According to the filings disclosed, Democratic Senator John Hickenlooper disclosed his asset trades an average of around 333 days late in May, which experts believe violates the law aimed at monitoring lawmakers' financial conflicts of interest.

On May 17, 2022, Hickenlooper revealed that his wife had sold shares of Liberty Media (LSXMA:US) totaling between $350,000 to $750,000 in March and November 2021. Additionally, his wife sold between $200,000 to $500,000 in Liberty Broadband (LBRDA:US) shares in March and September of the previous year, while Hickenlooper himself purchased non-public stock in a Denver bar and music lounge, ranging from $15,000 to $50,000.

Experts explained that Hickenlooper's late disclosure is a clear violation of The STOCK Act, which requires lawmakers to publicize all transactions of $1,000 or more within 30 days of receiving notice and within 45 days of the transaction's date. This failure to comply with the law damages its effectiveness in preventing corruption, tracking conflicts of interest, and detecting insider trading.

Dylan Hedtler-Gaudette from the Project On Government Oversight highlighted that Senator Hickenlooper's case is just one example of the larger issue with the STOCK Act.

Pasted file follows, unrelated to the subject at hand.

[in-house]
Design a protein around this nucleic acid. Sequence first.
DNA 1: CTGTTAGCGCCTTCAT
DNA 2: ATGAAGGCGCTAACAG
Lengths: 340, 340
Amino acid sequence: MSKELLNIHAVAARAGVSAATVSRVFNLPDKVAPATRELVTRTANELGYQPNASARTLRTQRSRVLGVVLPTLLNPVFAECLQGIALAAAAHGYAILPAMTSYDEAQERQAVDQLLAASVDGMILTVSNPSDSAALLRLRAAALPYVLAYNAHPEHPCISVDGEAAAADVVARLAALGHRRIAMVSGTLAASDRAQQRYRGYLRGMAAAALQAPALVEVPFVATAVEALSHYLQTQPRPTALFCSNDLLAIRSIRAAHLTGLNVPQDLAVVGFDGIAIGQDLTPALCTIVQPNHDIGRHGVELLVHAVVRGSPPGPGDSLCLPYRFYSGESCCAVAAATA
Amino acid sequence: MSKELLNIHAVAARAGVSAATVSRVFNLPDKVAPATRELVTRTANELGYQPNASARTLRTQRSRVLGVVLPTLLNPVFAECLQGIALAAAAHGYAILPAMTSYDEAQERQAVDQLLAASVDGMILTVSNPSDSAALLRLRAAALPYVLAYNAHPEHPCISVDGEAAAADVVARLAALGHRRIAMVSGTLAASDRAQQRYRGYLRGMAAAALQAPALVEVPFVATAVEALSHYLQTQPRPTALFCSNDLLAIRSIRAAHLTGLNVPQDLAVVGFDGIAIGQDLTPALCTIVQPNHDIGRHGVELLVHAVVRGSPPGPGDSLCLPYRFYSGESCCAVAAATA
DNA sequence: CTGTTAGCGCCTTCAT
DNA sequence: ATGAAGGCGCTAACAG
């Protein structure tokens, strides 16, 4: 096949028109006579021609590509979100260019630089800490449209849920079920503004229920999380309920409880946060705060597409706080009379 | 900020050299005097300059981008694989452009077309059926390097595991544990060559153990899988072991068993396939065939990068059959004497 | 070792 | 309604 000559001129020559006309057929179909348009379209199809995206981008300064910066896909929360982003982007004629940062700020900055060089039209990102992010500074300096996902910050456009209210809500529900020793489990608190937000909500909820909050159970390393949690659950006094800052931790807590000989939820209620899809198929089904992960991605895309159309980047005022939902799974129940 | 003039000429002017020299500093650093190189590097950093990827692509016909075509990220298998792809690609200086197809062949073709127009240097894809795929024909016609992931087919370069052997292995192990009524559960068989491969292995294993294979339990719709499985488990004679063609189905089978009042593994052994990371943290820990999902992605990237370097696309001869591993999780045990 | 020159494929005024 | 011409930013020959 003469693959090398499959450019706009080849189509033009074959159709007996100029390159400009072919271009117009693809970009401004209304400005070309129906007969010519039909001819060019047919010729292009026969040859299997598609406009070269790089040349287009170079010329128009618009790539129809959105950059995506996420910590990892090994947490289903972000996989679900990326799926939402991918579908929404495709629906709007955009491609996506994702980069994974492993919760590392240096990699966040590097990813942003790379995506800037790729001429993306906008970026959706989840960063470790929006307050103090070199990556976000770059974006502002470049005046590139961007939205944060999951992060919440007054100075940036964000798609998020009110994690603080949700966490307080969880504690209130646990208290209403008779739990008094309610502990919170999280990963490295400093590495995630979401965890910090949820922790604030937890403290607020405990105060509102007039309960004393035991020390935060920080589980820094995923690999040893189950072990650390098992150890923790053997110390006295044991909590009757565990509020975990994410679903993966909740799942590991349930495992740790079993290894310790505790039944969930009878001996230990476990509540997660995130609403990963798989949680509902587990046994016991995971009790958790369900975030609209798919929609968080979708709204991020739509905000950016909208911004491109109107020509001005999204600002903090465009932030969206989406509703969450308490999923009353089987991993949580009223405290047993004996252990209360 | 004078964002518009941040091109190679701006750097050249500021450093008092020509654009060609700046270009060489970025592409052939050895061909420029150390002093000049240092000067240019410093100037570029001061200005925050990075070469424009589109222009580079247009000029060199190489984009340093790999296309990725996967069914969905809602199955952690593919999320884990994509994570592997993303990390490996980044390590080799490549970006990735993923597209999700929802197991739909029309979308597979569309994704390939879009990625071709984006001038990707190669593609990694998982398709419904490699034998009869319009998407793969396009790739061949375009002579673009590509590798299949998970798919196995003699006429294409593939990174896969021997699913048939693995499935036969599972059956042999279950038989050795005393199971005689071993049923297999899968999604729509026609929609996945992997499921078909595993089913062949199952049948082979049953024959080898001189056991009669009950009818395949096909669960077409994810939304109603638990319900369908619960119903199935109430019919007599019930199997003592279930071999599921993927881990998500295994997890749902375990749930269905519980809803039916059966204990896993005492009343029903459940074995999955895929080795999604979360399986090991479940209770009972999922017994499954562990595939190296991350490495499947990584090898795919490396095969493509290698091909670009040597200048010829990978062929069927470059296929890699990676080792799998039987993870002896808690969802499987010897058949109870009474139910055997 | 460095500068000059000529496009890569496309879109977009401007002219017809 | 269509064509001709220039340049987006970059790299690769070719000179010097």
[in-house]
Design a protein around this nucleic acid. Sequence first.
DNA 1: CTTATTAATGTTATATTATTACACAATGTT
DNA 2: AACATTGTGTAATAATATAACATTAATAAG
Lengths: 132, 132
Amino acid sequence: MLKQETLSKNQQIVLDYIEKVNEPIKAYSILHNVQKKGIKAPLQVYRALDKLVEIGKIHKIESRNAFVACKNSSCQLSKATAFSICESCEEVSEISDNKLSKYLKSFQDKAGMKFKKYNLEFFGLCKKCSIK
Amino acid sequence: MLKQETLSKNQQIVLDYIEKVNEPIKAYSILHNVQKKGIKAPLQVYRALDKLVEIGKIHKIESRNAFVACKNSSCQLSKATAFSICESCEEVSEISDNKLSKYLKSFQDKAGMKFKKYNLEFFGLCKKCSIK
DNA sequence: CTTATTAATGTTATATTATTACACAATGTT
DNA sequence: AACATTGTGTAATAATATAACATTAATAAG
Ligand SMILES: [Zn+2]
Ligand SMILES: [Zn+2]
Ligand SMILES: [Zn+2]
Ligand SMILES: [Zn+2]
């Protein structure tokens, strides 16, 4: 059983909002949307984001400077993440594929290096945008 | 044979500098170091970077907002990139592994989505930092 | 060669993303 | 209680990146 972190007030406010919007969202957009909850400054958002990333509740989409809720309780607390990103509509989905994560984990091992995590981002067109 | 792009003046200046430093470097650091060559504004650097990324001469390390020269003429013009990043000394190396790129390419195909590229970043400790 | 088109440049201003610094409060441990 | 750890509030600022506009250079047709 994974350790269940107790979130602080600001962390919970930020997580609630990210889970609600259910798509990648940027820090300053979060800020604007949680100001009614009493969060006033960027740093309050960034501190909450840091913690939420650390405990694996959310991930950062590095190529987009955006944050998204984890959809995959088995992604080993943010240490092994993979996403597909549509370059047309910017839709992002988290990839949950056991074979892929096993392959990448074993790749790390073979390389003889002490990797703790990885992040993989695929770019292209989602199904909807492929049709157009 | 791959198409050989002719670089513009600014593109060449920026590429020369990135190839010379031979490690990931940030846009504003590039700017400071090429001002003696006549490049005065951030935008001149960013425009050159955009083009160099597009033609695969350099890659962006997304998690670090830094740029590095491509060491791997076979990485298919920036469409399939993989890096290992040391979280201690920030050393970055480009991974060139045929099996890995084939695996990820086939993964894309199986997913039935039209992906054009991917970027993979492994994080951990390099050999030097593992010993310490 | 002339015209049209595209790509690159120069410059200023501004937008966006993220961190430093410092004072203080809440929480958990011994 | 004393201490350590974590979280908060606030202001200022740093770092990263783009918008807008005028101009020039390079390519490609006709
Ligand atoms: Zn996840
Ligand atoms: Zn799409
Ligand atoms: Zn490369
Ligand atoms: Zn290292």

Records show that Hickenlooper and his wife engaged in over two dozen stock trades in the past three years. The Senator, who serves on the Senate Commerce Committee, sold tech stock shares totaling approximately $2 million to $4 million in November and October 2021. These included holdings in companies like Amazon (AMZN:US), Alphabet (GOOGL:US), Meta (META:US), Microsoft (MSFT:US), and PayPal (PYPL:US).

Timely transaction disclosure is considered important to prevent public officials from unfairly benefiting from insider information, as stated by Gary Kalman, director of Transparency International U.S. 

Although the Ban Congressional Stock Trading Act, sponsored by Democratic Senator Jon Ossoff, has faced challenges and stalled since its introduction, over 125 Republican and Democratic members have supported legislation seeking to ban stock trading by members of Congress.

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